A new history titled ‘John Deere’s Company’, just
published, contains enough information on the firm and its tractors
and its people to keep readers burning the midnight oil from now
until the Fourth of July.
It’s a blockbuster, with 870 pages and lots of color photos,
weighing nearly four pounds and loaded with facts behind the
slogan, ‘Nothing Runs Like a Deere’.
Rather than get into all the stories about personalities,
industrial relations, and foreign expansion, let’s center on
the matters of prime interest to collectors. Why should they buy
The answer: It is the best source we have seen on the history of
John Deere products, from the first 1837 scouring plow through all
the others including those being made today. If you own, collect,
enjoy or covet a John Deere, this is for you.
If you are a Waterloo Boy admirer or owner, this is for you
also, for the Deere firm bought out the Waterloo Gasoline Engine
Co. in 1918. If you are interested in Dain or the Velie, you’ll
The John Deere Co., as many of our readers know, has made a host
of machines and pieces of equipment far beyond plows or
tractorssuch as wagons, buggies, gang plows, corn planters,
cultivators, disc harrows, manure spreaders, hay rakes, binders and
on and oneither under the Deere name or through affiliated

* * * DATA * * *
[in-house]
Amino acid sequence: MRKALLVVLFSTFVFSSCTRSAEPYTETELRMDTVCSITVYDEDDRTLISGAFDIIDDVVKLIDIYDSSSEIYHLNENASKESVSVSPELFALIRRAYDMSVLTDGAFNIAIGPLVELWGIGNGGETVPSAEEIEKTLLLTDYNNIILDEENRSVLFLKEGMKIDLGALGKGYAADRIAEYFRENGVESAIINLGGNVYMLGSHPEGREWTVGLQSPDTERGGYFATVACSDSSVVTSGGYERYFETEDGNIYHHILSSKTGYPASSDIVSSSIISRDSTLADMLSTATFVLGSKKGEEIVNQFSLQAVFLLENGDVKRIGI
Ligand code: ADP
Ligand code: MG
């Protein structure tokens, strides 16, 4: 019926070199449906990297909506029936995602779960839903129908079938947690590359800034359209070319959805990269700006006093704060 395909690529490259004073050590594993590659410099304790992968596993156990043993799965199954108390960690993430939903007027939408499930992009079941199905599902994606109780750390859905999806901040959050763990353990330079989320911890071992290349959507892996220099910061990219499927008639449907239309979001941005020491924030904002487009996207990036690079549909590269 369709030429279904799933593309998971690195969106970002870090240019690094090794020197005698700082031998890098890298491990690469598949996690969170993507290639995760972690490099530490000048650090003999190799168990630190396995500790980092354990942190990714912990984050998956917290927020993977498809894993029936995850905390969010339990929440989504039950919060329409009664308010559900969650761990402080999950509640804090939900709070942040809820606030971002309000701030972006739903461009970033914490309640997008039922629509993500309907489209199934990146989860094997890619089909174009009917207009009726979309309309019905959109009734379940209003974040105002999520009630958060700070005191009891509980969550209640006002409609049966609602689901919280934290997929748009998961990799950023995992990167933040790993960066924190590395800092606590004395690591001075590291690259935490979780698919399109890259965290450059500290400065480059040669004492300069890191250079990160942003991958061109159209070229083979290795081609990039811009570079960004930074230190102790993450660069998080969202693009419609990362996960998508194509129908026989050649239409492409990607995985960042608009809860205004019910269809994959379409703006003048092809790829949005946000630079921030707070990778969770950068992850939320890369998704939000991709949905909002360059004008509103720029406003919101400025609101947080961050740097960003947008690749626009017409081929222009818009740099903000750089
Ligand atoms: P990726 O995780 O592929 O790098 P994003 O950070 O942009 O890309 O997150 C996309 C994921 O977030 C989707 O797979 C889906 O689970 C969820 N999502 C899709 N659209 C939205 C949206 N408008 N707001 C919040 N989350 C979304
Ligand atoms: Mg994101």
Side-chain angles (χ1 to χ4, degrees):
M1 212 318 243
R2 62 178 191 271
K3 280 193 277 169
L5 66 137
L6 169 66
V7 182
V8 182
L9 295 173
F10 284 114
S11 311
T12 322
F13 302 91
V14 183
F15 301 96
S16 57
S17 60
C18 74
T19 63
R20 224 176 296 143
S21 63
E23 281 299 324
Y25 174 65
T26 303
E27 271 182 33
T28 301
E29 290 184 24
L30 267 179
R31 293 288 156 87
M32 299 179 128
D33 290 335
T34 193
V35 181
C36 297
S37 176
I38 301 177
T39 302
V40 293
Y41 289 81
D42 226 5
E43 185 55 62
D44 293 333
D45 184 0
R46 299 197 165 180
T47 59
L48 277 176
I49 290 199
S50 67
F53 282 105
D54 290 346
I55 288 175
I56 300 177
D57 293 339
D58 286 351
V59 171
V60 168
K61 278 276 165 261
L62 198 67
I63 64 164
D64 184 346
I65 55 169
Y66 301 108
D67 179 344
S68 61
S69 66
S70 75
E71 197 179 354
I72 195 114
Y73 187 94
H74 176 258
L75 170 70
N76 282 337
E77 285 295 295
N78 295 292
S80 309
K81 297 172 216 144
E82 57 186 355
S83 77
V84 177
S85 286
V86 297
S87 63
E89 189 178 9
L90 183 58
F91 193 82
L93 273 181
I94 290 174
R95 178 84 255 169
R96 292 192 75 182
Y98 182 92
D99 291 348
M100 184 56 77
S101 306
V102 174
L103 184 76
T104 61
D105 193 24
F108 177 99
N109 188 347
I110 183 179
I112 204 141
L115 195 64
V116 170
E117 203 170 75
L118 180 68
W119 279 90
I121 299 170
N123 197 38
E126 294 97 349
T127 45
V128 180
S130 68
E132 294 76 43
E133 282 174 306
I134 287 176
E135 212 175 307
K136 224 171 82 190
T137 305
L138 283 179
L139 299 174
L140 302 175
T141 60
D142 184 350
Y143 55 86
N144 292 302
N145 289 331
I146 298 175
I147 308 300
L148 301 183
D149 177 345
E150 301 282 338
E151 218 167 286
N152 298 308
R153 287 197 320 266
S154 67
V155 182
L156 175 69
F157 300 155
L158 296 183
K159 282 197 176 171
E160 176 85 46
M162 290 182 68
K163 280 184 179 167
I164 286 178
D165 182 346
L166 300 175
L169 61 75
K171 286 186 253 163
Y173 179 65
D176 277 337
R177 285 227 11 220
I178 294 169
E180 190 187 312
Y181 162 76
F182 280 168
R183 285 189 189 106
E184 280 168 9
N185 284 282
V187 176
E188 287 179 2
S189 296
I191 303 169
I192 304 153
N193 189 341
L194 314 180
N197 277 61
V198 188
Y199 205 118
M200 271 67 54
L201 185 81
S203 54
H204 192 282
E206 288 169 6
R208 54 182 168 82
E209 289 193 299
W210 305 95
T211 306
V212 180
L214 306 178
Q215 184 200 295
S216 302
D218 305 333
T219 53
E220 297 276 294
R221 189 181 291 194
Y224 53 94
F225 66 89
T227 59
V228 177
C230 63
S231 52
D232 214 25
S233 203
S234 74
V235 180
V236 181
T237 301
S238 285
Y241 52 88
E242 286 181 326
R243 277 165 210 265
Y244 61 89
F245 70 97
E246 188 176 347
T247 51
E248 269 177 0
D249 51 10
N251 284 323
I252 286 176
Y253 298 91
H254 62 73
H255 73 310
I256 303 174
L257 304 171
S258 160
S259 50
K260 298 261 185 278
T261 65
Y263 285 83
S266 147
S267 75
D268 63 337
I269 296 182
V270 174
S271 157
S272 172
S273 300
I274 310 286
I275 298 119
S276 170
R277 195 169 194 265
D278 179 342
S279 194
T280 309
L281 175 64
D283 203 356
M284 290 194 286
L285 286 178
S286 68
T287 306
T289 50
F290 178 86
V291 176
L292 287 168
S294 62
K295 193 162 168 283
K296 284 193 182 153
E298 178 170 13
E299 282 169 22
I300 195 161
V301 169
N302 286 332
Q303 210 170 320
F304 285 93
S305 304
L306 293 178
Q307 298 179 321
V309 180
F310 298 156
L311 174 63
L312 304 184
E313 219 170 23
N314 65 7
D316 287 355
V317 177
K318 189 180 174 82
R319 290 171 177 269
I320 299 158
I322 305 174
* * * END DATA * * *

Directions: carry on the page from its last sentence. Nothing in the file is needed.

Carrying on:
The pictures in the book are highly impressivegoing all the way
back to Vermont, where John Deere started. Pictures of plows,
factories, people and even cartoons from magazines help carry the
reader through the fascinating narrative. One set of pictures in
color is itself titled a ‘pictorial history’. Another color
set includes covers of ‘The Furrow,’ a Deere publication
founded in the 1890’s and recently published in 37 editions and
Robert A. Hanson, head of the company today, carries on the
tradition that John Deere set when he fashioned his famous plow in
Grand Detour, Ill. Hanson, shares credit for the concept and
cooperation shown the author, with William Hewitt, chairman and
chief executive officer, and Ellwood Curtis, vice chairman, at the
time the project was begun.
Corporation histories are a motley lot, very often self-serving
to tell how grand and free of flaw the company and its executives
have been. Not so this. Deere’s story is told ‘warts and
all’, in the way in which Abraham Lincoln told the photographer
to do his portrait.
Author of this is Wayne G. Broehl, Jr., historian who teaches at
Dourtmouth College’s Amos Tuck School of Business
Administration. Company officials made every effort to assure that
Broehl could operate with fullest objectivity.
For the general readers, the book presents a feast of
opportunity to learn. It tells more than the story of the men who
made Deere what it is; it also records the economic times good and
bad, effects of competition, and of world and national affairs, and
of key decisions which shaped the firm’-s progress. In many
ways it is a guidebook for those who wish to invent, to innovate,
and to lead.